"A jewel hidden in plain sight."--Kirkus Reviews, Starred Review
"De Jong depicts the darker, dangerous side of the world of same-sex desire, and the way it's a source of torment--physical and psychological--for those who exist within it."--The Paris Review
When Bea meets Erica at the home of a mutual friend, this chance encounter sets the stage for the story of two women torn between desire and taboo in the years leading up to the Nazi occupation of Amsterdam. Erica, a reckless young journalist, pursues passionate but abusive affairs with different women. Bea, a reserved secretary, grows increasingly obsessed with Erica, yet denial and shame keep her from recognizing her attraction. Only Bea's discovery that Erica is half-Jewish and a member of the Dutch resistance--and thus in danger--brings her closer to accepting her own feelings.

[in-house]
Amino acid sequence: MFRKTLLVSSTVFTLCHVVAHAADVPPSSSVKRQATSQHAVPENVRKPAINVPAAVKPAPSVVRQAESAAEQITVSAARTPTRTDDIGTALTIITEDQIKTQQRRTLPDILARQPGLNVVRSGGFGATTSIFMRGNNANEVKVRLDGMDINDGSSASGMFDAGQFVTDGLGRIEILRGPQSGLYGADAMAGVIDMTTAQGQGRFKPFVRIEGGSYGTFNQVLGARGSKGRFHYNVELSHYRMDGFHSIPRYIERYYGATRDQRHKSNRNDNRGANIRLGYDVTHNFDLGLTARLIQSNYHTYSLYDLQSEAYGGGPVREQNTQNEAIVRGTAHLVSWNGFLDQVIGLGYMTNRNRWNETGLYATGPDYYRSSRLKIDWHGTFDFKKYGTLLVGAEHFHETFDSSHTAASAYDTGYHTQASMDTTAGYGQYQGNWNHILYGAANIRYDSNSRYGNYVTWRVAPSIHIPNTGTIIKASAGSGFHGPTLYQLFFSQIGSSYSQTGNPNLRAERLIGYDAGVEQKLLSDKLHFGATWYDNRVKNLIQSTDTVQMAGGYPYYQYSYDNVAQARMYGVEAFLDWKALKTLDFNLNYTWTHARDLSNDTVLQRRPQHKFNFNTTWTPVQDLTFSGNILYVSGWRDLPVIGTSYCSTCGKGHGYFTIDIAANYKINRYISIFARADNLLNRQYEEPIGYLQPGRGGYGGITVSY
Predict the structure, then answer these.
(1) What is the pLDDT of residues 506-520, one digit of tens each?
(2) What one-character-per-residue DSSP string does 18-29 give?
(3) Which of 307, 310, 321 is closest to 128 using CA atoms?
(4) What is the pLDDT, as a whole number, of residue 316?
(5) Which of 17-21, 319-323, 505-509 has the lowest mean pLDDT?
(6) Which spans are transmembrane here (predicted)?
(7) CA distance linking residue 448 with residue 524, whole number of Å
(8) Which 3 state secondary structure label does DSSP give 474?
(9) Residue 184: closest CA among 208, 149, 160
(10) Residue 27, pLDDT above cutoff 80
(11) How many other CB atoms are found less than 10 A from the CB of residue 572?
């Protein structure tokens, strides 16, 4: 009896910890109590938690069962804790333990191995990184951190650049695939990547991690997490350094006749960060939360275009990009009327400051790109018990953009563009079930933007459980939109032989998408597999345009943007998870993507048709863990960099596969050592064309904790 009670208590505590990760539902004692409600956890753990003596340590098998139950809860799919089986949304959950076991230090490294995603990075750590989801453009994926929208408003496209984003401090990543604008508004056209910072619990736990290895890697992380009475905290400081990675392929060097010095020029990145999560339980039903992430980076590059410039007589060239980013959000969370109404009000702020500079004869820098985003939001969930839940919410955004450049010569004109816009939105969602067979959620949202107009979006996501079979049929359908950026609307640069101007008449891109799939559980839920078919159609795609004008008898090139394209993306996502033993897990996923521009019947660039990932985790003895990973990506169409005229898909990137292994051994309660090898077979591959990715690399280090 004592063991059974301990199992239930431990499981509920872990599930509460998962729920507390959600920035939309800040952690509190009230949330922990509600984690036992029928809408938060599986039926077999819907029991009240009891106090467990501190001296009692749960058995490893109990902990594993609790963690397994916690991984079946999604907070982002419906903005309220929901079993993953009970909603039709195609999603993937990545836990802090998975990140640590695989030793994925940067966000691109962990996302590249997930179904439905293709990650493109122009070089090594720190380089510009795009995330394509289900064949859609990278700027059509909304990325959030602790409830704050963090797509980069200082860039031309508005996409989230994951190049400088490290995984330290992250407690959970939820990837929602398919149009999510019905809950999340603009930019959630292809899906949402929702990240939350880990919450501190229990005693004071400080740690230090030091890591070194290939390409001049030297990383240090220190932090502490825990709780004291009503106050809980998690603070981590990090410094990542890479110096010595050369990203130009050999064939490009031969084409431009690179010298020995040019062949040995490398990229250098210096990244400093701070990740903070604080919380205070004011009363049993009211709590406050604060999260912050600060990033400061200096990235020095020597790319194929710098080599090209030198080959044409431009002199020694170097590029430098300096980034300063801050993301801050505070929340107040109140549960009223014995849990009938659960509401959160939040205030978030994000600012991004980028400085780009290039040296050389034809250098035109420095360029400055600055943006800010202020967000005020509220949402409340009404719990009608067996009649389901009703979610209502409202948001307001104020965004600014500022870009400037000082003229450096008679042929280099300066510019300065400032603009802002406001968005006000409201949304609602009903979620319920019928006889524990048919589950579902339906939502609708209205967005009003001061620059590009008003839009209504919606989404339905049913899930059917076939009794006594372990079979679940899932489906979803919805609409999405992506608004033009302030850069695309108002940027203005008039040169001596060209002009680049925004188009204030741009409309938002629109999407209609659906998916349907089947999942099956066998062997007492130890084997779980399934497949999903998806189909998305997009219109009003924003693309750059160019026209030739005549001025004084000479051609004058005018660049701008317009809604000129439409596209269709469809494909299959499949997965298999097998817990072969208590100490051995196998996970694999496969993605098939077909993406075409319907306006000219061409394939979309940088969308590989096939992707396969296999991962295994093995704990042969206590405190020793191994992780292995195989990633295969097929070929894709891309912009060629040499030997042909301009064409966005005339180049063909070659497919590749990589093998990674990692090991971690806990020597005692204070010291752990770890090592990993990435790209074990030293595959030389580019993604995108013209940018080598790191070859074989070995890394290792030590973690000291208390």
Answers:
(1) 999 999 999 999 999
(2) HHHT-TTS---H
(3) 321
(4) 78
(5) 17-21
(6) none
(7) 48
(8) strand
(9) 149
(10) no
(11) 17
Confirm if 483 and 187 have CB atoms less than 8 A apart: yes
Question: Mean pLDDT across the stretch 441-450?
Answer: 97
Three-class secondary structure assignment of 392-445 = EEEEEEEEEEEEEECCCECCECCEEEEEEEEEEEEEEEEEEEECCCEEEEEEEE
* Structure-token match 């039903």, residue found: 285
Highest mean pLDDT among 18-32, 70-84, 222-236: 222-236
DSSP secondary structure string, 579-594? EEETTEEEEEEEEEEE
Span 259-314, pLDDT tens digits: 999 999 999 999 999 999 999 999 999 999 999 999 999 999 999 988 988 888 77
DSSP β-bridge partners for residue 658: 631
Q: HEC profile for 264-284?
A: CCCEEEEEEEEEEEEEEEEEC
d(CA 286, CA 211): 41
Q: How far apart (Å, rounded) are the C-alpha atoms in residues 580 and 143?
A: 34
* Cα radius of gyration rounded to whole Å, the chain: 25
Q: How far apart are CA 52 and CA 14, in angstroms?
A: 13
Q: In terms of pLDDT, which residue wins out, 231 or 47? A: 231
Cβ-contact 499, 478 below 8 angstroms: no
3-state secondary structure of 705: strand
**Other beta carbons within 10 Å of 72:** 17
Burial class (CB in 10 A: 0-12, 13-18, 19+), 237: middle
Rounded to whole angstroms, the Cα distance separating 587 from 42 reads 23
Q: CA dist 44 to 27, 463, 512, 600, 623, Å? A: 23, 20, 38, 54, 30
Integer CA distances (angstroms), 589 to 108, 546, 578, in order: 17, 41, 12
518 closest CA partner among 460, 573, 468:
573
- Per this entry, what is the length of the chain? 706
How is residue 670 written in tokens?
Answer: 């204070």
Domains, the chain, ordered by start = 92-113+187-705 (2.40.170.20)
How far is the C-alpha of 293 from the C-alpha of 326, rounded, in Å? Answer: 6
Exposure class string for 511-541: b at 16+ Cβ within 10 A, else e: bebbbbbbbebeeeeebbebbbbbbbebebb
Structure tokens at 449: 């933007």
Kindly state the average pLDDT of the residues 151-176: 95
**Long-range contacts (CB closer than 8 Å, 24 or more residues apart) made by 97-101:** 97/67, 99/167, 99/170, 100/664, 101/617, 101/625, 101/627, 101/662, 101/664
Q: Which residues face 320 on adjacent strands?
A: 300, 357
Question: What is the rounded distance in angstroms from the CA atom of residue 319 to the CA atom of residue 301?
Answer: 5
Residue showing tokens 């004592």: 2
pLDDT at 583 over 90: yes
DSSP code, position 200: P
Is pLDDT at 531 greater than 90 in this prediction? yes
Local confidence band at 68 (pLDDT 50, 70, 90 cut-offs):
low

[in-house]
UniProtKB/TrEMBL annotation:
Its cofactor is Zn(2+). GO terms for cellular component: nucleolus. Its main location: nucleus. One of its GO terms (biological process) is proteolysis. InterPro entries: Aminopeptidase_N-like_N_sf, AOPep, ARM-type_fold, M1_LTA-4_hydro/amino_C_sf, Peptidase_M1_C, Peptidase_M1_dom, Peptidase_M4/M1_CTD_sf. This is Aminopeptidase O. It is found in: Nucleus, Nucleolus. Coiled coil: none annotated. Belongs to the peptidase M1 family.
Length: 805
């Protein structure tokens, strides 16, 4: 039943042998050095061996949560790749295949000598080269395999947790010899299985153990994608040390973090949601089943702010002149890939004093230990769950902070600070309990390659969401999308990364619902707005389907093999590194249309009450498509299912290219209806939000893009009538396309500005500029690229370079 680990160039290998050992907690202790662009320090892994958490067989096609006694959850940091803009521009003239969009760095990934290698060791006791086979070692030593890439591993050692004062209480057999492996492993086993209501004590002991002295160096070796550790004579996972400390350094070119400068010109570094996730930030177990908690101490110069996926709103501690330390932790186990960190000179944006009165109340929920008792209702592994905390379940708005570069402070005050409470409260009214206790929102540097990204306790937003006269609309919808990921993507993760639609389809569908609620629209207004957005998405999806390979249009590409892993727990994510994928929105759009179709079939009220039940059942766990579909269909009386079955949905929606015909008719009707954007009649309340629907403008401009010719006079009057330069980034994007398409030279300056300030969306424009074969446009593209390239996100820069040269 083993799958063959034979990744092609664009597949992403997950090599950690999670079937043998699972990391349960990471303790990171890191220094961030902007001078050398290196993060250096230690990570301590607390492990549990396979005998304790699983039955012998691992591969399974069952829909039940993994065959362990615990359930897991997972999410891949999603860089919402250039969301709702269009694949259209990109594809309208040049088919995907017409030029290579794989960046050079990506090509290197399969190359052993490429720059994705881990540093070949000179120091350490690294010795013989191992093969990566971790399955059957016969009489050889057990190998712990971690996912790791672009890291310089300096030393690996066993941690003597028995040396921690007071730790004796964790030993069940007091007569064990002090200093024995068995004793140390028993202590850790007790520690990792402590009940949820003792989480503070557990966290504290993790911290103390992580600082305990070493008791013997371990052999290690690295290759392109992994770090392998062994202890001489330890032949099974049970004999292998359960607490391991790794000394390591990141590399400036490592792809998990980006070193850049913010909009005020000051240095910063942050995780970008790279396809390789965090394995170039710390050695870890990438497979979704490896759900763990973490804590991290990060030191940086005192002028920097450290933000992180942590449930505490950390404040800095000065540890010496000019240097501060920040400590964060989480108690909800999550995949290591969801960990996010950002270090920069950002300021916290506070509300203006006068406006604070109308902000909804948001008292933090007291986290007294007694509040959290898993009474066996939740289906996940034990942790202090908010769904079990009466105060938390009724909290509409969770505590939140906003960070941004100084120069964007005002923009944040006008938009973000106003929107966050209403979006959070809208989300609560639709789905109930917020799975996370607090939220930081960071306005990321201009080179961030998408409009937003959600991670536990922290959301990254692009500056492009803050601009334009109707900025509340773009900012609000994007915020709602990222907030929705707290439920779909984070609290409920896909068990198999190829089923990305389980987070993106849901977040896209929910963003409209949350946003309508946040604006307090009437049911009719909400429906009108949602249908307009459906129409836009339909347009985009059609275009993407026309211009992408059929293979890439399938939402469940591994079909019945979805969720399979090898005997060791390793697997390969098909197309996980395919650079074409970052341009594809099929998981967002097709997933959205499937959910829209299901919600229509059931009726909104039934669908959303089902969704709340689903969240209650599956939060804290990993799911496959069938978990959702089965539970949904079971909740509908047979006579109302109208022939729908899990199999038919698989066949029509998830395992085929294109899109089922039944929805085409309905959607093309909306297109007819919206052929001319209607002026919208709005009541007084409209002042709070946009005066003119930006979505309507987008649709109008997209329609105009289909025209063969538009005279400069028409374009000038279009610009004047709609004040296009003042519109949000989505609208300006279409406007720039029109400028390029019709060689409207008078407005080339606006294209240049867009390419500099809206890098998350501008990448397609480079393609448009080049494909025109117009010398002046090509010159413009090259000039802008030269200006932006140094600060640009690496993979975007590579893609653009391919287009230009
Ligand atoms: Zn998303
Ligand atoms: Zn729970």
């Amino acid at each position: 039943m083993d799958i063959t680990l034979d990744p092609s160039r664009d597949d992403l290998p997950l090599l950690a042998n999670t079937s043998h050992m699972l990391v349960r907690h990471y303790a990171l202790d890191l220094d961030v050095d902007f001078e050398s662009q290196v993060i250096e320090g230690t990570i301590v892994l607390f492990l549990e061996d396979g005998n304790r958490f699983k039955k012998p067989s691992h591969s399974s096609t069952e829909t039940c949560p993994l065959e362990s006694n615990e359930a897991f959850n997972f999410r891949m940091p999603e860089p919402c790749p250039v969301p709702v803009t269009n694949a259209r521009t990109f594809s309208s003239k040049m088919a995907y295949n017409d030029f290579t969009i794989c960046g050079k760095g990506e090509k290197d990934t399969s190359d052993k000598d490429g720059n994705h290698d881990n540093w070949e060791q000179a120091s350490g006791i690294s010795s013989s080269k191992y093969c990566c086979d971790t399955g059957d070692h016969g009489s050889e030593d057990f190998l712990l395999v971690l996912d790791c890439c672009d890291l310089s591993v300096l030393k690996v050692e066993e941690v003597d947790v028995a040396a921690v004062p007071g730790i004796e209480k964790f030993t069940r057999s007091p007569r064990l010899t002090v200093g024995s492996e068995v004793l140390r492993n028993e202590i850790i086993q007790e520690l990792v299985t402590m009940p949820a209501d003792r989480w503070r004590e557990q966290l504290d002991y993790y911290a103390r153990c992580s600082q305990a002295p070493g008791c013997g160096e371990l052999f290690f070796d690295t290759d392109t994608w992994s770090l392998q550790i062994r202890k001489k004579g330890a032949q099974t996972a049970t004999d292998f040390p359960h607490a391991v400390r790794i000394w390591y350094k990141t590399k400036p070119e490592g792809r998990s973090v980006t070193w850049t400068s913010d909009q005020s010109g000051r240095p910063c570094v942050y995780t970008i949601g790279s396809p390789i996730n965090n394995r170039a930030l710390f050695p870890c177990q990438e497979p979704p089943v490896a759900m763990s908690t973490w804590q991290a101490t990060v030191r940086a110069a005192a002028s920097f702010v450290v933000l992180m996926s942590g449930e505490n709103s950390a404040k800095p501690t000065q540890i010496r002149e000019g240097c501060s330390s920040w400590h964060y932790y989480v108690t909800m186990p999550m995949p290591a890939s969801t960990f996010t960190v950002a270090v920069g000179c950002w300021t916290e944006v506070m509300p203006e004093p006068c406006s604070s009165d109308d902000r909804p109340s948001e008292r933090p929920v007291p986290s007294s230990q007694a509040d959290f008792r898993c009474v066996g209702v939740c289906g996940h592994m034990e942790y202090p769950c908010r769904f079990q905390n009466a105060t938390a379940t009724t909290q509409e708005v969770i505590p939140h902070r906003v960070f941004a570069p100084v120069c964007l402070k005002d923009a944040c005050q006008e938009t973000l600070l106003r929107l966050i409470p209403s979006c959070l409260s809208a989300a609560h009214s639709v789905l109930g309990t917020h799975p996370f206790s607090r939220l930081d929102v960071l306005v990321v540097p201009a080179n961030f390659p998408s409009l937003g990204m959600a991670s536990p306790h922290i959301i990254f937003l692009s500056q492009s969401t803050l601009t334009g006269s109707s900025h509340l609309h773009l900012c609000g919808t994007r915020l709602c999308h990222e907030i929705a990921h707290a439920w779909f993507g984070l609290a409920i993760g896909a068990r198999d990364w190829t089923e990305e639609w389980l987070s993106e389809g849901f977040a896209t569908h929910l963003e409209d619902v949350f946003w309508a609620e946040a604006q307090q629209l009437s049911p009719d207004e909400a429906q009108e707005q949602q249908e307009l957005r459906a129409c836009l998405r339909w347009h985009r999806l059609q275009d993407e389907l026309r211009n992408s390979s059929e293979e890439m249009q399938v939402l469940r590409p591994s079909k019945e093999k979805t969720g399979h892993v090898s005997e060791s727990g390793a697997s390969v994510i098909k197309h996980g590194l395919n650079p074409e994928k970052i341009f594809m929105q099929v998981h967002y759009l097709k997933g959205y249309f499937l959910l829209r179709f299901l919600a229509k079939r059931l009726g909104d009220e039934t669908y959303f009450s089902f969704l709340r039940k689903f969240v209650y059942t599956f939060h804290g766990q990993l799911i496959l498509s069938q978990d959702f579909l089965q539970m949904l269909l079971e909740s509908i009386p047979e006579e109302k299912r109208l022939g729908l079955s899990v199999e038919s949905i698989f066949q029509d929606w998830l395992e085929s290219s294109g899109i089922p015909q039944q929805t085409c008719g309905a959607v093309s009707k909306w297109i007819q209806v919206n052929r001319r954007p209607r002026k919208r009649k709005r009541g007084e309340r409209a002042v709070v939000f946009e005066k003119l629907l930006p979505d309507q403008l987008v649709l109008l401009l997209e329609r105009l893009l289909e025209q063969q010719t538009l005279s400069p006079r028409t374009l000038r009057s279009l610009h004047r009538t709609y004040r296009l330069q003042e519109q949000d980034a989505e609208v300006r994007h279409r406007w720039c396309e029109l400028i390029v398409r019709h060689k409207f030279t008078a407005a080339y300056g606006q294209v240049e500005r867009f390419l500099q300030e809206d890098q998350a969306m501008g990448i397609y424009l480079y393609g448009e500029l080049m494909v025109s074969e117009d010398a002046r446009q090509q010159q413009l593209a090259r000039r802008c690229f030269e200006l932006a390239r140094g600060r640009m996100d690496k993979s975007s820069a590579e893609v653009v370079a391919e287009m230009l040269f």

First published in 1954 in the Netherlands, Dola de Jong's The Tree and the Vine was a groundbreaking work in its time for its frank and sensitive depiction of the love between two women, now available in a new translation.
Dola de Jong (1911-2003) was born Dorothea Rosalie de Jong in Arnhem, The Netherlands. She worked as a dancer and a reporter before she fled the country in 1940. Settling first with her husband in Tangiers, she immigrated to the United States. She was the author of sixteen books for adults and children, including The Tree and the Vine and The Field, which won the City of Amsterdam Literature Prize in 1947.